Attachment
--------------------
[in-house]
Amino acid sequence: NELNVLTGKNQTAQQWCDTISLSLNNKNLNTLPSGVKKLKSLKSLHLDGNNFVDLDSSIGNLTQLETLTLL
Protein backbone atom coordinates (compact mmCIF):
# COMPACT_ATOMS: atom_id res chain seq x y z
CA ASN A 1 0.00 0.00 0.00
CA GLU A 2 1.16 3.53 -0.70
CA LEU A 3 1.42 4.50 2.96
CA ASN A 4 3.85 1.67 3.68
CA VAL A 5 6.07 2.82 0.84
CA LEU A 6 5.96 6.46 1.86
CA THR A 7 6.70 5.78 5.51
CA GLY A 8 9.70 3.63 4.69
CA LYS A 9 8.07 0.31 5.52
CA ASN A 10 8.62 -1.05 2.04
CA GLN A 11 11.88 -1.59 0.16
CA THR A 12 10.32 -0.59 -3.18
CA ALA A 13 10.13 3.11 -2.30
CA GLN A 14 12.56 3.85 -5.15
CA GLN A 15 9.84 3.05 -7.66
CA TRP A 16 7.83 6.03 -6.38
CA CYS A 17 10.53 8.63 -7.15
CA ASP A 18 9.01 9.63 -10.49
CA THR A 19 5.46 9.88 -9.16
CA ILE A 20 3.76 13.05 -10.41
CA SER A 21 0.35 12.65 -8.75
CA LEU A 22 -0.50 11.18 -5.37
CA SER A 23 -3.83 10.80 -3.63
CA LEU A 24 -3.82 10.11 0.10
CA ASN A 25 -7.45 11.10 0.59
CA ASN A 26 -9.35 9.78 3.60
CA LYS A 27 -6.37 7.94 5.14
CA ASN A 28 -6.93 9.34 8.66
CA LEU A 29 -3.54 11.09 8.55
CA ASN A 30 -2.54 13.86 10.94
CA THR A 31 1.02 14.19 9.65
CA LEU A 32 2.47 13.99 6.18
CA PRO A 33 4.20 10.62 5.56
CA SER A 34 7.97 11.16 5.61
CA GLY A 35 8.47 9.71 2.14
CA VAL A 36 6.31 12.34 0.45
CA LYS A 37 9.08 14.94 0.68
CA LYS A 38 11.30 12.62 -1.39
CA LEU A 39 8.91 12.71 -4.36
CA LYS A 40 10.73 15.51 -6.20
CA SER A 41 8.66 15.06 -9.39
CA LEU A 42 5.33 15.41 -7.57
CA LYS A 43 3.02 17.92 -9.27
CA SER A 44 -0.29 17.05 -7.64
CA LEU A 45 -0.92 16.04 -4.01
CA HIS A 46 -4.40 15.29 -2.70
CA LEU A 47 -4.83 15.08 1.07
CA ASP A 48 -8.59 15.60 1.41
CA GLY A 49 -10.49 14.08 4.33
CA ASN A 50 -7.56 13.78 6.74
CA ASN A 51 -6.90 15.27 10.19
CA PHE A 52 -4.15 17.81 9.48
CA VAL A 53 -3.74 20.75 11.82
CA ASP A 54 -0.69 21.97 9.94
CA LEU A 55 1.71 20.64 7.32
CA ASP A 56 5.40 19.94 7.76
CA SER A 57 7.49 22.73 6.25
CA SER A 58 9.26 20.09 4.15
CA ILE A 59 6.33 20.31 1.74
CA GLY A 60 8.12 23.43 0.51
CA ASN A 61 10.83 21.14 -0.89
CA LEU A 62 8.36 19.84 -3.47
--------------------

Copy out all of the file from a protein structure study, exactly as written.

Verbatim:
[in-house]
Amino acid sequence: NELNVLTGKNQTAQQWCDTISLSLNNKNLNTLPSGVKKLKSLKSLHLDGNNFVDLDSSIGNLTQLETLTLL
Protein backbone atom coordinates (compact mmCIF):
# COMPACT_ATOMS: atom_id res chain seq x y z
CA ASN A 1 0.00 0.00 0.00
CA GLU A 2 1.16 3.53 -0.70
CA LEU A 3 1.42 4.50 2.96
CA ASN A 4 3.85 1.67 3.68
CA VAL A 5 6.07 2.82 0.84
CA LEU A 6 5.96 6.46 1.86
CA THR A 7 6.70 5.78 5.51
CA GLY A 8 9.70 3.63 4.69
CA LYS A 9 8.07 0.31 5.52
CA ASN A 10 8.62 -1.05 2.04
CA GLN A 11 11.88 -1.59 0.16
CA THR A 12 10.32 -0.59 -3.18
CA ALA A 13 10.13 3.11 -2.30
CA GLN A 14 12.56 3.85 -5.15
CA GLN A 15 9.84 3.05 -7.66
CA TRP A 16 7.83 6.03 -6.38
CA CYS A 17 10.53 8.63 -7.15
CA ASP A 18 9.01 9.63 -10.49
CA THR A 19 5.46 9.88 -9.16
CA ILE A 20 3.76 13.05 -10.41
CA SER A 21 0.35 12.65 -8.75
CA LEU A 22 -0.50 11.18 -5.37
CA SER A 23 -3.83 10.80 -3.63
CA LEU A 24 -3.82 10.11 0.10
CA ASN A 25 -7.45 11.10 0.59
CA ASN A 26 -9.35 9.78 3.60
CA LYS A 27 -6.37 7.94 5.14
CA ASN A 28 -6.93 9.34 8.66
CA LEU A 29 -3.54 11.09 8.55
CA ASN A 30 -2.54 13.86 10.94
CA THR A 31 1.02 14.19 9.65
CA LEU A 32 2.47 13.99 6.18
CA PRO A 33 4.20 10.62 5.56
CA SER A 34 7.97 11.16 5.61
CA GLY A 35 8.47 9.71 2.14
CA VAL A 36 6.31 12.34 0.45
CA LYS A 37 9.08 14.94 0.68
CA LYS A 38 11.30 12.62 -1.39
CA LEU A 39 8.91 12.71 -4.36
CA LYS A 40 10.73 15.51 -6.20
CA SER A 41 8.66 15.06 -9.39
CA LEU A 42 5.33 15.41 -7.57
CA LYS A 43 3.02 17.92 -9.27
CA SER A 44 -0.29 17.05 -7.64
CA LEU A 45 -0.92 16.04 -4.01
CA HIS A 46 -4.40 15.29 -2.70
CA LEU A 47 -4.83 15.08 1.07
CA ASP A 48 -8.59 15.60 1.41
CA GLY A 49 -10.49 14.08 4.33
CA ASN A 50 -7.56 13.78 6.74
CA ASN A 51 -6.90 15.27 10.19
CA PHE A 52 -4.15 17.81 9.48
CA VAL A 53 -3.74 20.75 11.82
CA ASP A 54 -0.69 21.97 9.94
CA LEU A 55 1.71 20.64 7.32
CA ASP A 56 5.40 19.94 7.76
CA SER A 57 7.49 22.73 6.25
CA SER A 58 9.26 20.09 4.15
CA ILE A 59 6.33 20.31 1.74
CA GLY A 60 8.12 23.43 0.51
CA ASN A 61 10.83 21.14 -0.89
CA LEU A 62 8.36 19.84 -3.47